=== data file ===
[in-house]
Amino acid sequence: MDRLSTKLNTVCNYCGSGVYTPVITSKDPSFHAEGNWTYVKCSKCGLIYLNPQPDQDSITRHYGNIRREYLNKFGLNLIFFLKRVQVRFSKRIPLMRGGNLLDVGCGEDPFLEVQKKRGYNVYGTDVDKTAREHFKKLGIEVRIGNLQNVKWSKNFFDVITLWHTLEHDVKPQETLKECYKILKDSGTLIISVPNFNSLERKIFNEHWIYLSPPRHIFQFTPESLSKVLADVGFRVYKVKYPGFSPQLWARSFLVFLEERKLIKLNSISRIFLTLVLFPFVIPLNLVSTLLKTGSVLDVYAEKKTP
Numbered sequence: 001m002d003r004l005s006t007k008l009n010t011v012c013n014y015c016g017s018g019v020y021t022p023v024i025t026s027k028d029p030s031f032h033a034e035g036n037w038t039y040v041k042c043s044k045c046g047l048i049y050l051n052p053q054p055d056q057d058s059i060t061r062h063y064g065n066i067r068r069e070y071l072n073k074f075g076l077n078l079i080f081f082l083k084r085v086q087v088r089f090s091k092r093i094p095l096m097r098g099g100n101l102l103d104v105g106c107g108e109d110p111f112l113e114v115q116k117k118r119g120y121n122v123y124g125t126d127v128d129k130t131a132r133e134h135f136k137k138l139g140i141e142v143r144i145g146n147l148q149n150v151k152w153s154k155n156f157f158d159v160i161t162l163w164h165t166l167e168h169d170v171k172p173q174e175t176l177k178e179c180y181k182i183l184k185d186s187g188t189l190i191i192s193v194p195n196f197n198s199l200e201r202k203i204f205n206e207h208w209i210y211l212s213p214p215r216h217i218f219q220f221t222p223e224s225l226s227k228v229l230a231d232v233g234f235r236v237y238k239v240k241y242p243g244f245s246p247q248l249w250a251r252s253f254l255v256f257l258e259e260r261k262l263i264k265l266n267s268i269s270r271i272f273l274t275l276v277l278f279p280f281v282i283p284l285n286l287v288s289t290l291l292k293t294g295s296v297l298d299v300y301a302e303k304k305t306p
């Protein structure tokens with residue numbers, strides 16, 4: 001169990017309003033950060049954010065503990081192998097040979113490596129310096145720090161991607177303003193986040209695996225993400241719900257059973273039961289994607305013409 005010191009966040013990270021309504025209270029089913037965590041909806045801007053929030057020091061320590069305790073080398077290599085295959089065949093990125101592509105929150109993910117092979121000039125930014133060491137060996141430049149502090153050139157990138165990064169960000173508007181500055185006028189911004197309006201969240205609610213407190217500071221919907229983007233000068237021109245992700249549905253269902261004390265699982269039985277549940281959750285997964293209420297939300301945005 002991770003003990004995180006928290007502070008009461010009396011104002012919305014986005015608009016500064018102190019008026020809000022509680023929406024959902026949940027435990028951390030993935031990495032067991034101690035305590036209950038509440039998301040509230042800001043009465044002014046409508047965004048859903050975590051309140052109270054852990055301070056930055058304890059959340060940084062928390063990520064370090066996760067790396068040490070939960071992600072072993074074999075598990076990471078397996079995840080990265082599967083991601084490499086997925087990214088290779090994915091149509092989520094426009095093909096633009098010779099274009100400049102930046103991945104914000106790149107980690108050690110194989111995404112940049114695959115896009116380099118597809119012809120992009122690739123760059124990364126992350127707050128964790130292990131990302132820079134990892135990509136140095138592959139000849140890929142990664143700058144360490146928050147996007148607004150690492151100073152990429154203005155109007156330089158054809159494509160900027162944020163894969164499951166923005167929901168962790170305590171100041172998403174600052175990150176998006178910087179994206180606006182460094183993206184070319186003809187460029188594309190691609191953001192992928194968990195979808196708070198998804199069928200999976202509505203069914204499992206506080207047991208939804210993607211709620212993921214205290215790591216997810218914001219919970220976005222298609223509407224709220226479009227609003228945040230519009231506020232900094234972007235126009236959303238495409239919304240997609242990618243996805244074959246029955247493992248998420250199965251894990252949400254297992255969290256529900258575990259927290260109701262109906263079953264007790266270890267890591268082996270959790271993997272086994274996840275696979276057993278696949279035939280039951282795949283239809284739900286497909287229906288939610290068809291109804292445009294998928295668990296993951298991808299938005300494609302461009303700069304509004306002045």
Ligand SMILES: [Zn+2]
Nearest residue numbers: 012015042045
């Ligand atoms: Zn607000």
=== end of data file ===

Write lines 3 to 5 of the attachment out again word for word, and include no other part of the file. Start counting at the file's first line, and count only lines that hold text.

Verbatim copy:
Numbered sequence: 001m002d003r004l005s006t007k008l009n010t011v012c013n014y015c016g017s018g019v020y021t022p023v024i025t026s027k028d029p030s031f032h033a034e035g036n037w038t039y040v041k042c043s044k045c046g047l048i049y050l051n052p053q054p055d056q057d058s059i060t061r062h063y064g065n066i067r068r069e070y071l072n073k074f075g076l077n078l079i080f081f082l083k084r085v086q087v088r089f090s091k092r093i094p095l096m097r098g099g100n101l102l103d104v105g106c107g108e109d110p111f112l113e114v115q116k117k118r119g120y121n122v123y124g125t126d127v128d129k130t131a132r133e134h135f136k137k138l139g140i141e142v143r144i145g146n147l148q149n150v151k152w153s154k155n156f157f158d159v160i161t162l163w164h165t166l167e168h169d170v171k172p173q174e175t176l177k178e179c180y181k182i183l184k185d186s187g188t189l190i191i192s193v194p195n196f197n198s199l200e201r202k203i204f205n206e207h208w209i210y211l212s213p214p215r216h217i218f219q220f221t222p223e224s225l226s227k228v229l230a231d232v233g234f235r236v237y238k239v240k241y242p243g244f245s246p247q248l249w250a251r252s253f254l255v256f257l258e259e260r261k262l263i264k265l266n267s268i269s270r271i272f273l274t275l276v277l278f279p280f281v282i283p284l285n286l287v288s289t290l291l292k293t294g295s296v297l298d299v300y301a302e303k304k305t306p
């Protein structure tokens with residue numbers, strides 16, 4: 001169990017309003033950060049954010065503990081192998097040979113490596129310096145720090161991607177303003193986040209695996225993400241719900257059973273039961289994607305013409 005010191009966040013990270021309504025209270029089913037965590041909806045801007053929030057020091061320590069305790073080398077290599085295959089065949093990125101592509105929150109993910117092979121000039125930014133060491137060996141430049149502090153050139157990138165990064169960000173508007181500055185006028189911004197309006201969240205609610213407190217500071221919907229983007233000068237021109245992700249549905253269902261004390265699982269039985277549940281959750285997964293209420297939300301945005 002991770003003990004995180006928290007502070008009461010009396011104002012919305014986005015608009016500064018102190019008026020809000022509680023929406024959902026949940027435990028951390030993935031990495032067991034101690035305590036209950038509440039998301040509230042800001043009465044002014046409508047965004048859903050975590051309140052109270054852990055301070056930055058304890059959340060940084062928390063990520064370090066996760067790396068040490070939960071992600072072993074074999075598990076990471078397996079995840080990265082599967083991601084490499086997925087990214088290779090994915091149509092989520094426009095093909096633009098010779099274009100400049102930046103991945104914000106790149107980690108050690110194989111995404112940049114695959115896009116380099118597809119012809120992009122690739123760059124990364126992350127707050128964790130292990131990302132820079134990892135990509136140095138592959139000849140890929142990664143700058144360490146928050147996007148607004150690492151100073152990429154203005155109007156330089158054809159494509160900027162944020163894969164499951166923005167929901168962790170305590171100041172998403174600052175990150176998006178910087179994206180606006182460094183993206184070319186003809187460029188594309190691609191953001192992928194968990195979808196708070198998804199069928200999976202509505203069914204499992206506080207047991208939804210993607211709620212993921214205290215790591216997810218914001219919970220976005222298609223509407224709220226479009227609003228945040230519009231506020232900094234972007235126009236959303238495409239919304240997609242990618243996805244074959246029955247493992248998420250199965251894990252949400254297992255969290256529900258575990259927290260109701262109906263079953264007790266270890267890591268082996270959790271993997272086994274996840275696979276057993278696949279035939280039951282795949283239809284739900286497909287229906288939610290068809291109804292445009294998928295668990296993951298991808299938005300494609302461009303700069304509004306002045």
Ligand SMILES: [Zn+2]